Kickback

What is a 'Kickback'

A kickback is the payment of something of value to a recipient as compensation or reward for providing favorable treatment to another party.

A kickback in the form of money, gifts, credit, or anything of value may be viewed as a corrupt practice that interferes with an employee or official’s ability to make unbiased decisions.

BREAKING DOWN 'Kickback'

A kickback can be legal or illegal. A common form of kickback, in the context of investing, is a commission rebate for investors who trade frequently.

Kickbacks and other forms of bribery increase the cost of doing business in countries around the world. Companies looking to supply products or services to countries known for corruption may find that they have to pay numerous employees in order to be considered for a contract. The perception that a kickback scheme will go unpunished, or that punishment will be light, is a primary driver for officials willing to take bribes. In some cases employees are poorly paid, and see the potential for additional financial compensation in the form of a kickback as a way to boost a meager salary.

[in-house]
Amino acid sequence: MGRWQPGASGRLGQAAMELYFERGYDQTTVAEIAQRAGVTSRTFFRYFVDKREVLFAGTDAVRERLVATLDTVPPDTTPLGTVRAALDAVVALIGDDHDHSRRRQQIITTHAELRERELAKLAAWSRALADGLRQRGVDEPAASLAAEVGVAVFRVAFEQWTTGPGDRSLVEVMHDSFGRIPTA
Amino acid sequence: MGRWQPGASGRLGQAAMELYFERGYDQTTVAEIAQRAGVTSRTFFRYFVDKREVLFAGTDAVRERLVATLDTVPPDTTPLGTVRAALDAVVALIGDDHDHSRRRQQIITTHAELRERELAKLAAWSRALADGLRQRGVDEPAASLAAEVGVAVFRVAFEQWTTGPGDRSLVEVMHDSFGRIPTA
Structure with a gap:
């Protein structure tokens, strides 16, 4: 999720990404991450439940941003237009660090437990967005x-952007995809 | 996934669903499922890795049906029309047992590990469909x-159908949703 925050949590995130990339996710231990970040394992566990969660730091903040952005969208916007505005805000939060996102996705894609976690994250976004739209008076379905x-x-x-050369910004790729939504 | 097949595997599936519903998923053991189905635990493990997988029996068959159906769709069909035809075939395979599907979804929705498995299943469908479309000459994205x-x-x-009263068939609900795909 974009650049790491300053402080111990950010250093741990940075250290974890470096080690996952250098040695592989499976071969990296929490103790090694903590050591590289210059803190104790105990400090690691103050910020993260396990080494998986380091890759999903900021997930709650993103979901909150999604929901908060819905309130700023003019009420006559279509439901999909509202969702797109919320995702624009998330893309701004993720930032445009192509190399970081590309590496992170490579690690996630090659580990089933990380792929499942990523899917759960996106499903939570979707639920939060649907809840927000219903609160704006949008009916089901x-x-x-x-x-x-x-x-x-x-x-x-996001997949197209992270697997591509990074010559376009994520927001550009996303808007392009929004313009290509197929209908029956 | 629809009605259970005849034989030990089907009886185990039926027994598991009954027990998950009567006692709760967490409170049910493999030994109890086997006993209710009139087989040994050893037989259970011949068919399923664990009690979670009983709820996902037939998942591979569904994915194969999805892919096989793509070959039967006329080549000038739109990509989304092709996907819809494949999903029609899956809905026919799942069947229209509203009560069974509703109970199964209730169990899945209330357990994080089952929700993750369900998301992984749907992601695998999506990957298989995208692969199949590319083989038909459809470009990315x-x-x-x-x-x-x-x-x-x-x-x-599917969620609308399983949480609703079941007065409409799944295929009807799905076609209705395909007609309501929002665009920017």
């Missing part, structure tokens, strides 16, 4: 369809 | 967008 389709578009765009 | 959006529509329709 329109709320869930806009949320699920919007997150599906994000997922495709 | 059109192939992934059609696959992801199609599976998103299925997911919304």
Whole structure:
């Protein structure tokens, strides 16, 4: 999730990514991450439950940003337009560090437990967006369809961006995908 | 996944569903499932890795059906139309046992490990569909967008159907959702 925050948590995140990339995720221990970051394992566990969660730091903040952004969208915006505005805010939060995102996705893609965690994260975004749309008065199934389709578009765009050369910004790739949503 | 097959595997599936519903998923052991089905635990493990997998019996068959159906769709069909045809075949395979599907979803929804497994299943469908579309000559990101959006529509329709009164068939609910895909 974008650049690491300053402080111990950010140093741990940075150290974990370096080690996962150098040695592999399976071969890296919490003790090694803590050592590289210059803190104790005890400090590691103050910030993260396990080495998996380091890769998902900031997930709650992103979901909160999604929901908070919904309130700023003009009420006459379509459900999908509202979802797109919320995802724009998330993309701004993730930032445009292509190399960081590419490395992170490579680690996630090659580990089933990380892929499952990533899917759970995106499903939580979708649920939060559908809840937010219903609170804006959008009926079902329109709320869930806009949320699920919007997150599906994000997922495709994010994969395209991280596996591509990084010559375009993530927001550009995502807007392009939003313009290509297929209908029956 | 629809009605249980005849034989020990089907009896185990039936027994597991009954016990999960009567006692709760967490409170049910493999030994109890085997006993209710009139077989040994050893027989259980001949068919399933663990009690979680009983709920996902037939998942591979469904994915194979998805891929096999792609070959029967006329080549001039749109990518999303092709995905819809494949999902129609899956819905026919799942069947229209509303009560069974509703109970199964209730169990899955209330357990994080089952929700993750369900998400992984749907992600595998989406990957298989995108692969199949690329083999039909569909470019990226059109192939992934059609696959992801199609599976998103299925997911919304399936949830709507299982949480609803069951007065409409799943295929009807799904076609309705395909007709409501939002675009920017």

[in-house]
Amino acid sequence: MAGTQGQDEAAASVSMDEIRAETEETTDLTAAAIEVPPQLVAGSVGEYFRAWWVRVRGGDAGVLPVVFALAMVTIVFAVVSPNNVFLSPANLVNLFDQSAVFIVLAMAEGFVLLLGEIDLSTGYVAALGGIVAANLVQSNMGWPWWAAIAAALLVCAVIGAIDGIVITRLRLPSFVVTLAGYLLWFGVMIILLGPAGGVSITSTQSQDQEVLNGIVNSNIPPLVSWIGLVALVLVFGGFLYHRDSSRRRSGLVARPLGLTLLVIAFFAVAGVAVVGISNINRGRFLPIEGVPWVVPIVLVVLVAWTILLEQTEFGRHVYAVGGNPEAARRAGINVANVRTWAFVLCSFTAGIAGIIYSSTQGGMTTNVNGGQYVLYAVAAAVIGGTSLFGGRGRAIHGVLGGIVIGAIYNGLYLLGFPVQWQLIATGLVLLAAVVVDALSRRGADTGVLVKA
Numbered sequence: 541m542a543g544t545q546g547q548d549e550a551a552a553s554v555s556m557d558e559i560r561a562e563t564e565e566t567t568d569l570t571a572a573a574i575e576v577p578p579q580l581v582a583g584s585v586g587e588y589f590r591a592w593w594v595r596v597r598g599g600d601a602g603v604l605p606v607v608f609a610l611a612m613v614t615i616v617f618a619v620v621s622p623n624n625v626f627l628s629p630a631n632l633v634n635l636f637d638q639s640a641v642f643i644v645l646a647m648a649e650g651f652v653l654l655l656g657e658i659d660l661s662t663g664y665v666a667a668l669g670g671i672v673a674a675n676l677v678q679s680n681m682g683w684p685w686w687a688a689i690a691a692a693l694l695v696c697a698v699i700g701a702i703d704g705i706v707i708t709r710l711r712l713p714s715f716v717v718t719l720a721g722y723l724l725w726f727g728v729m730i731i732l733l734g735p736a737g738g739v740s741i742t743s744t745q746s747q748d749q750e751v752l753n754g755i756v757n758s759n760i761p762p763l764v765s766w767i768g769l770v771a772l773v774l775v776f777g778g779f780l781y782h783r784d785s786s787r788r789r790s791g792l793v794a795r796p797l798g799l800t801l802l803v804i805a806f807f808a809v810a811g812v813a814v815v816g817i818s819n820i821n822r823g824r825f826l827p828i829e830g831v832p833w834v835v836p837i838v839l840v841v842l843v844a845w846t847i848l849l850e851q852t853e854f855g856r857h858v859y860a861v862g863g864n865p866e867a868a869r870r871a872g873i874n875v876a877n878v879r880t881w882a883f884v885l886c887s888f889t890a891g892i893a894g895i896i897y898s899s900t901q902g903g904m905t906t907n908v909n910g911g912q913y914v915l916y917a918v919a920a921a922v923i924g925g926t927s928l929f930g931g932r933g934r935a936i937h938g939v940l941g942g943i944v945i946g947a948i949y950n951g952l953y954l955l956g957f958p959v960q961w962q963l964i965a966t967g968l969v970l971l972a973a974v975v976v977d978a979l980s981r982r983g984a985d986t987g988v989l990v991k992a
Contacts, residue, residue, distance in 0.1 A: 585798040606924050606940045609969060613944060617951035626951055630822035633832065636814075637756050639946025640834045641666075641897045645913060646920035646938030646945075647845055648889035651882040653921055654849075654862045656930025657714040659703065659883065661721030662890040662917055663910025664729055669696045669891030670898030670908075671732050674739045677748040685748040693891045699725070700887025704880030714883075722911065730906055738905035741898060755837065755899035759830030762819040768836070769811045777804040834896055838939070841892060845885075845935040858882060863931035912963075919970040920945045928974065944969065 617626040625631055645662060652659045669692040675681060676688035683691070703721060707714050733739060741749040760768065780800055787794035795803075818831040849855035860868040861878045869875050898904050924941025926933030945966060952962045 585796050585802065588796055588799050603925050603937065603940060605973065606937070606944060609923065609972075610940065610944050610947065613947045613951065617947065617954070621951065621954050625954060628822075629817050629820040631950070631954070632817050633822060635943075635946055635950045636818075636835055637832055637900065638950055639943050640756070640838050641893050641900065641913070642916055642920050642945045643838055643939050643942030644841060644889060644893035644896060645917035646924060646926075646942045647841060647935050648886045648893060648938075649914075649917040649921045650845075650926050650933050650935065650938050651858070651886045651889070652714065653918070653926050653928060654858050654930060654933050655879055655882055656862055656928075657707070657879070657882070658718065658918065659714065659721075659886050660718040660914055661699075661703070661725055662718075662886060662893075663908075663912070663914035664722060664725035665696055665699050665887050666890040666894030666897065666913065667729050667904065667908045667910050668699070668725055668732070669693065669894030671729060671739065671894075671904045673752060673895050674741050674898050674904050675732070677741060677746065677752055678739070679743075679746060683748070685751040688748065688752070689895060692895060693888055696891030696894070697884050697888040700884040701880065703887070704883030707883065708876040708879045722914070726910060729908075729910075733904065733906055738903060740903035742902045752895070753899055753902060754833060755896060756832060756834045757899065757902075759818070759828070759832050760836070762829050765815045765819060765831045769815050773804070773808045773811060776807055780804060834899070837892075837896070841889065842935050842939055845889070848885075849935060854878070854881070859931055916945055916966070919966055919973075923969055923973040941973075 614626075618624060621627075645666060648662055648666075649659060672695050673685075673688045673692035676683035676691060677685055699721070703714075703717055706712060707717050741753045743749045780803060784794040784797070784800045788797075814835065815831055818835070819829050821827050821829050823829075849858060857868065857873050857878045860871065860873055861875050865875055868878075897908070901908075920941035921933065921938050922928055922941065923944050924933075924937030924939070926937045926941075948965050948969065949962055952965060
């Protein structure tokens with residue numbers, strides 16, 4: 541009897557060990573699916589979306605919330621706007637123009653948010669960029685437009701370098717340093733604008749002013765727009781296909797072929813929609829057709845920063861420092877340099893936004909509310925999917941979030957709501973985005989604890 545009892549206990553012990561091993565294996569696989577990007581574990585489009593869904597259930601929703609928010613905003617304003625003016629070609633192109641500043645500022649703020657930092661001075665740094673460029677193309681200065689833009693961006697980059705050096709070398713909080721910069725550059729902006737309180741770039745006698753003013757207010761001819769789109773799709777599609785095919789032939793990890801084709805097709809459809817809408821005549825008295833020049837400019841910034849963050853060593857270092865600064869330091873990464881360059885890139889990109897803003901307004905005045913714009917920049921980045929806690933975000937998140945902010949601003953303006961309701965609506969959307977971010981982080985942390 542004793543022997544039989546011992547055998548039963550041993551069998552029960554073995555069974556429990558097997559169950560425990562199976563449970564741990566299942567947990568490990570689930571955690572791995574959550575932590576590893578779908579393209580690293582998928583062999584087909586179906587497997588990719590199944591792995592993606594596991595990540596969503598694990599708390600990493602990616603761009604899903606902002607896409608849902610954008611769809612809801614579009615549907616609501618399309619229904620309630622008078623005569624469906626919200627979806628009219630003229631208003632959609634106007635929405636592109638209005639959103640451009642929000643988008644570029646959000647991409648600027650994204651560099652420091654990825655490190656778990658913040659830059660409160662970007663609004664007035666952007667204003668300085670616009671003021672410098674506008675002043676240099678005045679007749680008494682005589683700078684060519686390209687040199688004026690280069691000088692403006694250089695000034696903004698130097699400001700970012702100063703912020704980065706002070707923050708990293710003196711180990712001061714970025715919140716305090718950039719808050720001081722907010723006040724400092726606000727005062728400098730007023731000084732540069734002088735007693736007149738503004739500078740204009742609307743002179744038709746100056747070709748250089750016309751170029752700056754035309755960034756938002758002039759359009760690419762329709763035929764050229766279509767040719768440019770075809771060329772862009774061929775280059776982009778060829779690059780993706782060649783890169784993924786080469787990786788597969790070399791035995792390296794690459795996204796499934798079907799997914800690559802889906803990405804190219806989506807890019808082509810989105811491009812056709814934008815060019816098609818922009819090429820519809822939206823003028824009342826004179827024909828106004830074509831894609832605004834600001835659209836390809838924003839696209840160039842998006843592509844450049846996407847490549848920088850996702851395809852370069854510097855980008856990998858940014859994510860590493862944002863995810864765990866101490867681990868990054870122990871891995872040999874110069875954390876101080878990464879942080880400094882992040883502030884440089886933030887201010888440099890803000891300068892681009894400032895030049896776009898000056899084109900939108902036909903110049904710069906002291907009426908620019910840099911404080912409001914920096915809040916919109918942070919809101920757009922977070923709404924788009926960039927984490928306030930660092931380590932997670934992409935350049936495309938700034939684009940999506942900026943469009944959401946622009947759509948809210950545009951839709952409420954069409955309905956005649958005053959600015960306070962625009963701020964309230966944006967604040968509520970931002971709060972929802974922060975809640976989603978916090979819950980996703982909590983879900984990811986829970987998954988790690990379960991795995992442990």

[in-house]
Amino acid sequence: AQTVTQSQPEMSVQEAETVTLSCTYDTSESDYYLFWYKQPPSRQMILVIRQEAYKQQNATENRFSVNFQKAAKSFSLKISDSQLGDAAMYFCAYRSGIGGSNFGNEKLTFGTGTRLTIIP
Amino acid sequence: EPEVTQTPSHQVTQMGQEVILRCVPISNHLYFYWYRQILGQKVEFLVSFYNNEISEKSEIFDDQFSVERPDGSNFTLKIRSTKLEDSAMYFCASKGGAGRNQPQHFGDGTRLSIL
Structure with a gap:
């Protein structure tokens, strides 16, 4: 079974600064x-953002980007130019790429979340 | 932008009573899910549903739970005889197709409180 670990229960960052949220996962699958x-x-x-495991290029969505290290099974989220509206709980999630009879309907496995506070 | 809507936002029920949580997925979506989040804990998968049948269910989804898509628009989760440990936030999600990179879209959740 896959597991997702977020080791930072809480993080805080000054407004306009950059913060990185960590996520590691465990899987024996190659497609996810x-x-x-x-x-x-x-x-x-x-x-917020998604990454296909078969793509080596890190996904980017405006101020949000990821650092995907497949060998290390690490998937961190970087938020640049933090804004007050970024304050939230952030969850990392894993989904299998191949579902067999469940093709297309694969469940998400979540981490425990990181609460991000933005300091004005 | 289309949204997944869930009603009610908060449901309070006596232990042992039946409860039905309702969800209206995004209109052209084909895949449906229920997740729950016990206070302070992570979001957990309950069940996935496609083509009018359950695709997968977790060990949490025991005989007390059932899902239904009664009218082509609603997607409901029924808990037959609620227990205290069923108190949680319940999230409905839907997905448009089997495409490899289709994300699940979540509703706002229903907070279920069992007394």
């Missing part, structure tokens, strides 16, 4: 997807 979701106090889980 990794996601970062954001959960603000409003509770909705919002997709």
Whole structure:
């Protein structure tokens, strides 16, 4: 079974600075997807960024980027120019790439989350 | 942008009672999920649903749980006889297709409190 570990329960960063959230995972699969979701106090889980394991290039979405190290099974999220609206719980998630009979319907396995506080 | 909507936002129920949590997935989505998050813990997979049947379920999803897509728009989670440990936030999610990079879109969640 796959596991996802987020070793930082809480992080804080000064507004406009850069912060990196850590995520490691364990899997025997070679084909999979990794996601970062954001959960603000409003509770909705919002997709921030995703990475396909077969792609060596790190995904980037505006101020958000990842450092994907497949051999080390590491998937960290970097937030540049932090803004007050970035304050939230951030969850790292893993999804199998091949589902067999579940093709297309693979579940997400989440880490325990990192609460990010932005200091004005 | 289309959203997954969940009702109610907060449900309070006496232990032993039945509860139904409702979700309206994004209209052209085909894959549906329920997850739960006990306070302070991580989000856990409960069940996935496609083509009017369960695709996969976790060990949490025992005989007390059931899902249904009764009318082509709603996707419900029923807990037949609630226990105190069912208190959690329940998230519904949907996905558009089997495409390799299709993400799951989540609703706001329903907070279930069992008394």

Receiving a kickback does not necessarily mean that there is a quid pro quo arrangement between the kickback receiver and the kickback provider. Payments may be used to induce favor or to induce a positive recommendation of the provider. A government employee responsible for managing contractors on an infrastructure project, such as the building of a bridge, may receive a kickback for choosing one contractor over another. This may result in the most qualified contractor not winning the bid.

Kickbacks are often associated with procurement contracts. In the case of a government contract for office supplies, contractors and sub-contractors interested in winning the business are required to bid against each other. A contractor may reach out to a procurement officer and indicate that, if the contractor were to win, the officer may receive compensation. This could mean anything from cash to tickets to a concert.

In the United States, the Foreign Corrupt Practices Act makes it illegal for companies listed with the Securities and Exchange Commission (SEC), any company organized in the United States, or any citizen or resident to bribe foreign officials.

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